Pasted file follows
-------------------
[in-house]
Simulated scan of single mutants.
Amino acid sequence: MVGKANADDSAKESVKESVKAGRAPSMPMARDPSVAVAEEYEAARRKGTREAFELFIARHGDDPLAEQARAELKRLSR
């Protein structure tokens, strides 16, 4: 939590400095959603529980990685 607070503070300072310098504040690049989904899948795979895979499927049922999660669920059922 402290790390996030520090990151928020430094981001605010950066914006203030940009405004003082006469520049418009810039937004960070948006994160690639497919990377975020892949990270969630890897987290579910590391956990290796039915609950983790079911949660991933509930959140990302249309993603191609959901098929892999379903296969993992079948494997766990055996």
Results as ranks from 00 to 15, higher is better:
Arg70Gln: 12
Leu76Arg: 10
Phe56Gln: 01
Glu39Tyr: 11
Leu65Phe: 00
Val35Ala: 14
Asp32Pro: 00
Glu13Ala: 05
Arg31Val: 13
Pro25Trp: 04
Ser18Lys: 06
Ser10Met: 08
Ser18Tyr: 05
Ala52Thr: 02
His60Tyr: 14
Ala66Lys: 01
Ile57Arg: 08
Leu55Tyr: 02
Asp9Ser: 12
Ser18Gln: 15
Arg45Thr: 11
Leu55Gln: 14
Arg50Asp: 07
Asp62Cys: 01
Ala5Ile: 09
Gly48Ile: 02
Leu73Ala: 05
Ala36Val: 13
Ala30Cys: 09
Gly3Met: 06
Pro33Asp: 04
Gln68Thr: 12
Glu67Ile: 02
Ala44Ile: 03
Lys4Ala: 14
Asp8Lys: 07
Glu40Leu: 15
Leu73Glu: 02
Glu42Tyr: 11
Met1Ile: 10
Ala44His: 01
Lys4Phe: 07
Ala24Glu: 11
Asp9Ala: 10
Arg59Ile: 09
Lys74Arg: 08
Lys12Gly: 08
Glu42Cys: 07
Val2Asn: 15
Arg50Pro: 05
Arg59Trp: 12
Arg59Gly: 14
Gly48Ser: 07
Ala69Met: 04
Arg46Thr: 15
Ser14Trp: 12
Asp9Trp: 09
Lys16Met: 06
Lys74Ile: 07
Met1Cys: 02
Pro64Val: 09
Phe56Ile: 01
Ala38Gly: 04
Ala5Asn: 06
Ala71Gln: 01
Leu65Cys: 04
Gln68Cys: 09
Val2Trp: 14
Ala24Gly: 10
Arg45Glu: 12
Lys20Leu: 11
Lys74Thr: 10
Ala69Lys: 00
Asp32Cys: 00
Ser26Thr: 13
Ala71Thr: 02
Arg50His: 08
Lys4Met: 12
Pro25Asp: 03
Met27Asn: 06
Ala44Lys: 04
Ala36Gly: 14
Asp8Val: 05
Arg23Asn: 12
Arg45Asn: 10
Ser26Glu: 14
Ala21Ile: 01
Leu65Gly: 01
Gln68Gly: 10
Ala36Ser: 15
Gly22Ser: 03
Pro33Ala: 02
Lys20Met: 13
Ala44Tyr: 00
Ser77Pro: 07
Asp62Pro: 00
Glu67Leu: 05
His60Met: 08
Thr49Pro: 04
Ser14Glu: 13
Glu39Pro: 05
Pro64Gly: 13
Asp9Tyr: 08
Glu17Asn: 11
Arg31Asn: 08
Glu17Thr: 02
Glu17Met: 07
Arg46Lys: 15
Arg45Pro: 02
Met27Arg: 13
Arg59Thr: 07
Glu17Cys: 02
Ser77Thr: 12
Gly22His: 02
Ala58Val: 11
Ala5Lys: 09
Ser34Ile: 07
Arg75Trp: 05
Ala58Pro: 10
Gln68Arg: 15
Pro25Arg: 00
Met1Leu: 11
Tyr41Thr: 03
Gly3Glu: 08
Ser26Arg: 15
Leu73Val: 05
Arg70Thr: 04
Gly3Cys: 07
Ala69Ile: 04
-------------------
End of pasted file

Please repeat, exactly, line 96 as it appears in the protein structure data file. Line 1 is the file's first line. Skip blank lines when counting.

Gly22Ser: 03